This type of campaign isn't anything new. For years, the Mexican government has produced ads about the dangers of walking through the Arizona desert, and several years ago the Department of Homeland Security, as part of CBP's Border Safety Initiative, distributed CDs to Latin American radio stations with sad songs aimed at slowing immigration from the south. With so many variables at play, it's virtually impossible to measure their effect.

But with more than 57,000 unaccompanied kids apprehended in the United States since October—a situation that CBP head R. Gil Kerlikowske called "difficult and distressing on a lot of levels" when speaking to members of the Senate homeland security committee on Wednesday—the government seems willing to try anything.

40 Percent of Colleges Haven't Investigated a Single Sexual Assault Case in 5 Years

| Thu Jul. 10, 2014 1:46 PM EDT

According to the results of a national survey commissioned by Sen. Claire McCaskill (D-Mo.) and the Senate Subcommittee on Financial and Contracting Oversight, nearly half the country's four-year colleges haven't conducted a single sexual assault investigation in the past five years. The survey was completed by 236 four year-institutions across the country—private and public, small and large—but in order to encourage candid reporting, the names of the schools surveyed were not released.

Here's what scores of survivors of sexual assault in college have to deal with, according to the results:

  • Simply not receiving an investigation: Forty-one percent of schools hadn't investigated a single sexual assault in the past five years, despite the fact that, according to the Centers for Disease Control and the White House, one in five undergraduate women experience sexual assault during college. Meanwhile, more than 20 percent of the country's largest private schools conducted fewer investigations than the number of sexual assault incidents that they reported to the Department of Education.
  • Having no clue what to do: One in three schools don't train students on what constitutes sexual assault or how to respond to it. Among private, for-profit schools, 72 percent don't provide students with any sexual assault training.
  • Untrained, uncoordinated law enforcement: Though in general colleges work with a number of parties to keep campuses safe—like campus police, security guards, and local law enforcement—30 percent don't actually train the school's law enforcement on how to handle reports of sexual assault, while a staggering 73 percent of institutions don't have protocols on how the school should work with local law enforcement to respond to sexual assault.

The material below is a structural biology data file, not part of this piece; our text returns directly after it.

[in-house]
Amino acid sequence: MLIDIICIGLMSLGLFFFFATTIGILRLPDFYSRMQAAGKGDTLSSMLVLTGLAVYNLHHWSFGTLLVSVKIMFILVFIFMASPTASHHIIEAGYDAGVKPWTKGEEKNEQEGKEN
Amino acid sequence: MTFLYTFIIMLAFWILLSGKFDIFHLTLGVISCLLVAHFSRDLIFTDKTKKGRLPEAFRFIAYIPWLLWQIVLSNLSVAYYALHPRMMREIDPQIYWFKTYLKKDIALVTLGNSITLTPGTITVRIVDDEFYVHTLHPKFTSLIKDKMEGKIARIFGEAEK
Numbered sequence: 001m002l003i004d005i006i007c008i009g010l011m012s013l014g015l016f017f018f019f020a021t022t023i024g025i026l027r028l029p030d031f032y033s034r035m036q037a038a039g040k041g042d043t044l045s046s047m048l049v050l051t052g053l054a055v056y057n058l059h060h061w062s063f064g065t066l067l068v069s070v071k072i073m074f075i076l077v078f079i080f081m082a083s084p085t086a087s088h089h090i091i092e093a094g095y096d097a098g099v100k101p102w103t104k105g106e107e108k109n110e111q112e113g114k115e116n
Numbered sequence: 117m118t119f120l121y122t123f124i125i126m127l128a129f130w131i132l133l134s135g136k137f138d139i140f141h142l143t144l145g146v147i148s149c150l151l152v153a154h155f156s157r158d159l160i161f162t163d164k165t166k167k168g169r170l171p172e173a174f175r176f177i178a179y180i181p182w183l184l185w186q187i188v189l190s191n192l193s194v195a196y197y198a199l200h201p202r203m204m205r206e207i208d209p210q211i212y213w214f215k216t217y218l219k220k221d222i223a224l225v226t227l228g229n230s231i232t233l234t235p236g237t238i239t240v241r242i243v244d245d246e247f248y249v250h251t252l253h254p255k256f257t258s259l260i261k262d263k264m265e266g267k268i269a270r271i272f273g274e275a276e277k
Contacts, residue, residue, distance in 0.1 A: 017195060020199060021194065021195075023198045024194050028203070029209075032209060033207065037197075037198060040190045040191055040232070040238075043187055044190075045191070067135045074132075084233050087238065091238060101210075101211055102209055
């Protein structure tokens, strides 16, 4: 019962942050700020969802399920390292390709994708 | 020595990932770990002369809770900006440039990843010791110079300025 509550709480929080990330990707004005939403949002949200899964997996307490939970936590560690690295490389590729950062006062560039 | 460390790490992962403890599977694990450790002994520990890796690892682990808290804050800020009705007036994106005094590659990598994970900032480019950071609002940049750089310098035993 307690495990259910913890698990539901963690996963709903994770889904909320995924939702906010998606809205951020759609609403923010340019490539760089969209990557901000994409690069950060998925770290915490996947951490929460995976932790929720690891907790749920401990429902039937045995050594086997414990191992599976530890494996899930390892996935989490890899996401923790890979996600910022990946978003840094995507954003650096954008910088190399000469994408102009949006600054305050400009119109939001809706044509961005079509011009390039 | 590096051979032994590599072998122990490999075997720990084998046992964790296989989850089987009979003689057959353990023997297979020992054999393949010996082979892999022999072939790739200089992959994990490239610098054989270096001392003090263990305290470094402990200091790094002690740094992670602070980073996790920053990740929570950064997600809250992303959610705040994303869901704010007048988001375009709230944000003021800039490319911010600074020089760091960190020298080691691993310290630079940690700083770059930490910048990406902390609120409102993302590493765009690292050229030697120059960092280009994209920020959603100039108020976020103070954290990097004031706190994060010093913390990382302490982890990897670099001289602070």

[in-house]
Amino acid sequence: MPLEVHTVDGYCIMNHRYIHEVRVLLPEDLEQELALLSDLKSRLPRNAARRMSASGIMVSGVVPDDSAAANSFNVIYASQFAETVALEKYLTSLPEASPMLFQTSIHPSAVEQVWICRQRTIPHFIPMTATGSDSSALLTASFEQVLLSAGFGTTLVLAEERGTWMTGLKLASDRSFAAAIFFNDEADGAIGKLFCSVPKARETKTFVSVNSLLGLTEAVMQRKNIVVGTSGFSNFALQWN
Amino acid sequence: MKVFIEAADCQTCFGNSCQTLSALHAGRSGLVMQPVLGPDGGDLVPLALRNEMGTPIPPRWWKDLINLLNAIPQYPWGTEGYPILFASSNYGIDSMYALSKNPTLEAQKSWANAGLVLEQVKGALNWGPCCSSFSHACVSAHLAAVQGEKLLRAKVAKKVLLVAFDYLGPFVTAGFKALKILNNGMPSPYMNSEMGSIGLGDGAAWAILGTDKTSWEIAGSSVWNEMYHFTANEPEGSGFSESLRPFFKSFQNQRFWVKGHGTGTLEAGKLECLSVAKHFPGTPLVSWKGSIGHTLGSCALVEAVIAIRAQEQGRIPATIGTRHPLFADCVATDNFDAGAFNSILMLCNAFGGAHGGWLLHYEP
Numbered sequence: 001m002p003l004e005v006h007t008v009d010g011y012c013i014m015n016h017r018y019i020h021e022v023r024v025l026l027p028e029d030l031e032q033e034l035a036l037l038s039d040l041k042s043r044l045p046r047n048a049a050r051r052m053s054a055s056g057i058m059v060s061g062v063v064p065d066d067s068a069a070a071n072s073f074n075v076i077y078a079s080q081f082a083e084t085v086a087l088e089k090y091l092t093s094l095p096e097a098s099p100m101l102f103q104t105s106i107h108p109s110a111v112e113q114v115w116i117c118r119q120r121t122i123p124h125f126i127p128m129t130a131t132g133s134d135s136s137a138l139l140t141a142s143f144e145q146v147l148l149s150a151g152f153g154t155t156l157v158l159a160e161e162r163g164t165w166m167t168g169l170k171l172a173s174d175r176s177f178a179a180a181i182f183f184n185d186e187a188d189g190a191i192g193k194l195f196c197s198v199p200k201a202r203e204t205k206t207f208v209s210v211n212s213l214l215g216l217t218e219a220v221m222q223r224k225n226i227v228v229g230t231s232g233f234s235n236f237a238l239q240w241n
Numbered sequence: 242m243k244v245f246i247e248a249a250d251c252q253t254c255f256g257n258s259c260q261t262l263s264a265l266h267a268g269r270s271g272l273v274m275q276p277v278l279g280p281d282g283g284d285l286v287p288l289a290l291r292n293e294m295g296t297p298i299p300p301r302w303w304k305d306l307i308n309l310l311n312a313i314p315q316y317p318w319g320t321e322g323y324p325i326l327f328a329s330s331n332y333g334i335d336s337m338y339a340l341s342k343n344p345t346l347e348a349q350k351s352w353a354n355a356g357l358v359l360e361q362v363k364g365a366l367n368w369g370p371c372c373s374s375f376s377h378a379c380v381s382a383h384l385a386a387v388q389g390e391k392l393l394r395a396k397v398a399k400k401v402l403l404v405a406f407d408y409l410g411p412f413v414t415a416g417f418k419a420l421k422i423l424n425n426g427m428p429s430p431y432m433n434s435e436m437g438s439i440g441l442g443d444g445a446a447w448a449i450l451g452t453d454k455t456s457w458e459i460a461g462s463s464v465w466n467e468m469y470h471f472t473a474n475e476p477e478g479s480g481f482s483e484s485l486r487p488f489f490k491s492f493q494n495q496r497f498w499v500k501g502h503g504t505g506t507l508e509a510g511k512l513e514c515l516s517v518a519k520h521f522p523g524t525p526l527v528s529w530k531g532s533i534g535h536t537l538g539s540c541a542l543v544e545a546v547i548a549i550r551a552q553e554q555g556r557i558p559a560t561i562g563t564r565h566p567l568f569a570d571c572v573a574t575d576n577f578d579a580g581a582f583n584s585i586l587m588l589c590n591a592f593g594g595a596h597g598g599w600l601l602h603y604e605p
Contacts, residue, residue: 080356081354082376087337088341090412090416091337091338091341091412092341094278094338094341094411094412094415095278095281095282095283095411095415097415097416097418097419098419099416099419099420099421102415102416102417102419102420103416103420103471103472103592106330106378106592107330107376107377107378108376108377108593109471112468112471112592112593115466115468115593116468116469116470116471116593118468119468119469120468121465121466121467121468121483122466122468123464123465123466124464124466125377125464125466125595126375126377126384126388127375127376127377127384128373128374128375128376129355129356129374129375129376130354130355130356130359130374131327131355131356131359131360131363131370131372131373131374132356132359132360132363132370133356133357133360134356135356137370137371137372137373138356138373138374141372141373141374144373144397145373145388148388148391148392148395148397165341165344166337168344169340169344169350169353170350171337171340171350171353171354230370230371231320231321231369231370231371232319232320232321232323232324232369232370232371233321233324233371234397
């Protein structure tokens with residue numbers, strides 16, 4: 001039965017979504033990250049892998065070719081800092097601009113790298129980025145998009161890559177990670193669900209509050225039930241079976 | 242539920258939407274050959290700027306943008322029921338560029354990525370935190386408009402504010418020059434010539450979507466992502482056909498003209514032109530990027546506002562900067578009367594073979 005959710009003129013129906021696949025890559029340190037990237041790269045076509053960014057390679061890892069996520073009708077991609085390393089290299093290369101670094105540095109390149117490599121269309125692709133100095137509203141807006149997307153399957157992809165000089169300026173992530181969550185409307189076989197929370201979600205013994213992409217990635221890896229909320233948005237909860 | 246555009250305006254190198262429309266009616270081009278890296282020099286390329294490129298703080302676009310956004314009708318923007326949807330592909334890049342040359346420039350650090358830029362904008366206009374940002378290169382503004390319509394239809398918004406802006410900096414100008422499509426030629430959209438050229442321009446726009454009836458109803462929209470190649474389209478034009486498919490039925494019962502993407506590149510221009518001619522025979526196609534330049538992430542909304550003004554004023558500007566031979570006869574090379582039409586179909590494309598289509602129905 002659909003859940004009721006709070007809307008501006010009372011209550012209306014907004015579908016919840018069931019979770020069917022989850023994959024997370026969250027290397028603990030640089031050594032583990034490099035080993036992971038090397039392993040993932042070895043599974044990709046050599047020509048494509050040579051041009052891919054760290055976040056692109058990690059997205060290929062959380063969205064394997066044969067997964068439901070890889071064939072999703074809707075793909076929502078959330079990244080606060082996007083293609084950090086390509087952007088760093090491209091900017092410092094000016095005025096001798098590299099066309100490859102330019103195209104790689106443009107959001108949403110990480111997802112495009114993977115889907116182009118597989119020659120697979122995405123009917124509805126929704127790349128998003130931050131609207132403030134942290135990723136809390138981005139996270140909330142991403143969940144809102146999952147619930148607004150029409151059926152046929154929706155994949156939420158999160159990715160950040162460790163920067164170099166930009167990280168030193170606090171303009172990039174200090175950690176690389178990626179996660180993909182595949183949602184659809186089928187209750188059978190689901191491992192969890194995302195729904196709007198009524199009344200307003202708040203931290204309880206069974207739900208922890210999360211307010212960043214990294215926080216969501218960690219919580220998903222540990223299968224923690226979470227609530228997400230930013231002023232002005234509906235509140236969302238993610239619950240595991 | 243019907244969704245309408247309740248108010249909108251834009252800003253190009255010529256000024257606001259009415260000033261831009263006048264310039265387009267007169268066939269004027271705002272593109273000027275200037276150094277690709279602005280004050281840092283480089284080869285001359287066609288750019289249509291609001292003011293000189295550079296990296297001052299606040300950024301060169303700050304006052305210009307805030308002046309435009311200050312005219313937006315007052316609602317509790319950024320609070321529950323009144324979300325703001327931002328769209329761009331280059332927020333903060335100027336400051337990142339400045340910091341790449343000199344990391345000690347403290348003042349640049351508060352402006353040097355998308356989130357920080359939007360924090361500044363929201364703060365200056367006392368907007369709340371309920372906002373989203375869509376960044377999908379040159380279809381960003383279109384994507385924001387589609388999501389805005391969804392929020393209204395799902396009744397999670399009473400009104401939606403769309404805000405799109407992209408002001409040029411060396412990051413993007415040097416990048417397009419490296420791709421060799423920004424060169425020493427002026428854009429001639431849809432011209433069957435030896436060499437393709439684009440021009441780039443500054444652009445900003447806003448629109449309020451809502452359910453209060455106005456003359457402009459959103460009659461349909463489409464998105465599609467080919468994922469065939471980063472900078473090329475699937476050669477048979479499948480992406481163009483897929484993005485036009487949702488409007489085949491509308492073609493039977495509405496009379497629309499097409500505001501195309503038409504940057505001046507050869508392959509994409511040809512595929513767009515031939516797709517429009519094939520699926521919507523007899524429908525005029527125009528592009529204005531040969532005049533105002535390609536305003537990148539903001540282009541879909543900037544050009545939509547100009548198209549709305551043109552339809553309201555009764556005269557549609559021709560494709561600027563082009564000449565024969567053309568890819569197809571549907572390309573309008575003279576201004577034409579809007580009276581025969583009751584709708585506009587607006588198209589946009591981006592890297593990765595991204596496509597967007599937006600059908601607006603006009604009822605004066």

• The athletic department deciding if you were raped: Yes, you read that correctly. Thirty percent of public colleges give the athletic department oversight of sexual violence cases involving athletes.
  • Your peers deciding if you were raped: Experts agree that students shouldn't be part of adjudication boards in sexual assault cases—friends or acquaintances of the survivor or alleged perpetrator face a conflict of interest, and those involved in a sexual assault likely don't want to divulge the details of the assault to, say, someone they recognize from chemistry class. Still, 27 percent of schools reported students participating in the adjudication of sexual assault claims.
  • Untrained faculty, staff, and medical professionals: Often, the first person to whom a student reports sexual assault is a member of the college's faculty or staff. But 20 percent of schools don't provide any sexual assault response training to faculty and staff, and only 15 percent of schools provide access to Sexual Assault Nurse Examiners—nurses who are trained to provide medical and other services to survivors of sexual assault.
  • Knowing that the perpetrator still plays sports and goes to frat parties: Only 51 percent of schools impose athletic team sanctions against student-athletes who have been deemed perpetrators of sexual assault, and 31 percent impose fraternity or sorority sanctions.
  • Seeing the perpetrator on campus, even if you don't want to: Nineteen percent of institutions don't impose orders that would require the perpetrator of the assault to avoid contact with the survivor.

McCaskill says that the results of the survey demonstrate failures at "nearly every stage of institutions' response" to sexual assault. Together with Sens. Richard Blumenthal (D-Conn.) and Kirsten Gillibrand (D-N.Y.), she plans to unveil legislation addressing the campus assault later in the summer.

We're Still at War: Photo of the Day for July 10, 2014

Thu Jul. 10, 2014 9:48 AM EDT

US Navy sailors navigate the USS Kidd in the waters of the Indo-Asia Pacific Region. (US Navy photo by Mass Communication Specialist 2nd Class Declan Barnes.)